The sewage treatment plant basically consists of various treatment steps that are housed in different tanks or chambers of a tank.
The biology of a sewage treatment plant works on the principle of a submerged fixed bed.
Operators cannot be expected to optimise the treatment plant themselves with sludge (dry matter content) or similar measurements, since wastewater has a different dilution factor at different times. The plant should be able to regulate itself to a large extent, or it should be possible to regulate it with simple control steps. This is only possible with fixed growth media (fixed beds) since here the state or the quantity of the submersed sludge is of lesser importance. A sewage treatment plant working on the principle of a submerged fixed bed was therefore chosen:
In order to avoid having to adopt over-dimensioned biology, steady filling (buffering) is performed to achieve a balance over a period of 24 hours especially for treatment plants that fill intermittently.
Wastewater from kitchens in catering businesses is collected separately and led through a fat separator or other technically suitable equipment (flotation).
The wastewater reaches the first tank (chamber) of the treatment plant via the inlet sewer.
This contains the first real section of the prechamber. The second tank that follows contains the rest of the prechamber and the required buffering, which absorbs hydraulic fluctuations. The prechamber and buffer can be arranged one over the other or one after the other. The sludge storage can be installed separately or integrated with the prechamber.
A filling pump (pneumatic or electrical) feeds the biological stage evenly (over a period of 24 hours).
This ensures that in the event of subsequent load fluctuations the most favourable operating mode can always be set.
Gravity pipes are used to fill standard treatment plants, and there is no buffer pump.
A biological layer (micro-organic colonisation) forms on the fixed-bed material after the start-up period. This transforms the organic contaminants contained in the wastewater into sedimentary and mineral substances. This is mainly the work of aerobic organisms. The aeration system installed underneath the fixed-bed material supplies the organisms with sufficient air. In addition, the rising air causes a current that, owing to the geometry of the fixed-bed material used, results in the contents of the tank being completely (horizontally and vertically) mixed (characteristic of an intermixed cylinder).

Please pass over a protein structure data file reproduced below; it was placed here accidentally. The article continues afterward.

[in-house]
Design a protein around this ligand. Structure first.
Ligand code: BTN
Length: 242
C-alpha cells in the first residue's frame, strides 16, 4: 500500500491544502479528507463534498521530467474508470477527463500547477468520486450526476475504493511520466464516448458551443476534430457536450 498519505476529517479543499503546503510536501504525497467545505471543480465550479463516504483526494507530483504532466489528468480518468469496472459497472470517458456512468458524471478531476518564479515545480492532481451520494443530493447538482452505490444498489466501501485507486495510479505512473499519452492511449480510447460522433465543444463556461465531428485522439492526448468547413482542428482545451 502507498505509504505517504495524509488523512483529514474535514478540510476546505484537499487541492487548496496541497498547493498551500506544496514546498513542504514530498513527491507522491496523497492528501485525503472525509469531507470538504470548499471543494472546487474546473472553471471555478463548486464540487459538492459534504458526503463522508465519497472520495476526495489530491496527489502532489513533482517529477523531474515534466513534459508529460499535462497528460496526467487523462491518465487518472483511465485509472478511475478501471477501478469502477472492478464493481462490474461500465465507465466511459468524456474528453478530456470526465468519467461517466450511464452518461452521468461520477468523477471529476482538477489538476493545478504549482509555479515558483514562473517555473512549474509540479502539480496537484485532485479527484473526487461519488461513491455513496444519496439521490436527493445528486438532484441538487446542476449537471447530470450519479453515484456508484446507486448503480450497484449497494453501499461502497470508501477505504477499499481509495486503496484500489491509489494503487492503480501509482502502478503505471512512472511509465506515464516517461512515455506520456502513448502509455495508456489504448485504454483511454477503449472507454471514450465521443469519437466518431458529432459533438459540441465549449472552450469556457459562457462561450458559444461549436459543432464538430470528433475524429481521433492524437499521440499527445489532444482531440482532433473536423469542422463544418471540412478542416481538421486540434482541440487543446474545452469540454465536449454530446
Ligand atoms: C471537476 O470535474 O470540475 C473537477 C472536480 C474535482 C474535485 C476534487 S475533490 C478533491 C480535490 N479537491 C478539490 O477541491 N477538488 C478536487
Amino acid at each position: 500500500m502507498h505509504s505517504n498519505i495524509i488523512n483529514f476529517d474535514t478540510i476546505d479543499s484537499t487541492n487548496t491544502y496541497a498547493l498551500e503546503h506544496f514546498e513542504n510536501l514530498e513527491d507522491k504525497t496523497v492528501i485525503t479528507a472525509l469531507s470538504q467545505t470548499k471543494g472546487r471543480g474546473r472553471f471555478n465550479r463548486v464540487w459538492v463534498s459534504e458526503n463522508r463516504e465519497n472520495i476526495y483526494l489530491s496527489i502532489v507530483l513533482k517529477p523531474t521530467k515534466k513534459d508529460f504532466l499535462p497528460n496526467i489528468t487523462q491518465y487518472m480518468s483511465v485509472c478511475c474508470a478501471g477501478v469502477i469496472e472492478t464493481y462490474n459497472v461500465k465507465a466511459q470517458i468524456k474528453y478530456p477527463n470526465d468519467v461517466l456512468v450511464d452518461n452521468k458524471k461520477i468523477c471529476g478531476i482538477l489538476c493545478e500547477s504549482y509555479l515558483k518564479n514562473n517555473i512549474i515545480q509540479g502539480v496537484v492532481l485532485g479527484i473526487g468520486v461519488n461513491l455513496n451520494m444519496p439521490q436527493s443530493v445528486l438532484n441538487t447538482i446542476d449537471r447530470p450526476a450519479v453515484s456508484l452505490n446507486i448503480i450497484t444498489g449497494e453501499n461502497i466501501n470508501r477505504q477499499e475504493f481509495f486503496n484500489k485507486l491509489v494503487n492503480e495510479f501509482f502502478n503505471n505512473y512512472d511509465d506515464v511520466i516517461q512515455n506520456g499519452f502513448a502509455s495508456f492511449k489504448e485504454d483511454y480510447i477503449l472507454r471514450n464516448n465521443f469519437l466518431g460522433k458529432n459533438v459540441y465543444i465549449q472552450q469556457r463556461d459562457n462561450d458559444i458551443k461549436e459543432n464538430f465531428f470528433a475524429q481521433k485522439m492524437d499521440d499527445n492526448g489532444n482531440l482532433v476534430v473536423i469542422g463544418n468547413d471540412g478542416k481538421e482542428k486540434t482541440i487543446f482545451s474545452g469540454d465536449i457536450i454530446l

From the fixed-bed reactor, the wastewater flows through gravity pipes to the secondary treatment tank, where secondary sludge and supernatant water are separated.
The sludge return pipe can, as an option, be used for denitrification. The sludge that has built up can settle in the secondary treatment tank and is transported back to the sludge storage tank or prechamber using a submersible pump or an air-lift pump (secondary pump).
The fixed-bed substrate is made up of UV-stabilised polyethylene which is non-porous, squeeze-resistant and will not biodegrade in the foreseeable future. It has a specific surface (depending on the type of treatment plant) of 100-200 m2/ m3. It has no toxic or recognisable chemical or physical effects on the process of biodegradation. The fixed bed consists of stable individual tubelike elements that are arranged vertically and which are sideways permeable (tube network) and that are welded to one another at the head ends to form rectangular blocks. The meshed structure also allows the material to be intermixed horizontally.
The low installation height means that the arrangement of tubes in a block must ensure that the fixed-bed material can flow in all three directions. Sufficient stability and rigidity against static and dynamic stresses are assured for the entire fixed bed. Individual blocks are fixed in the tank by supporting, spacing and holding structures.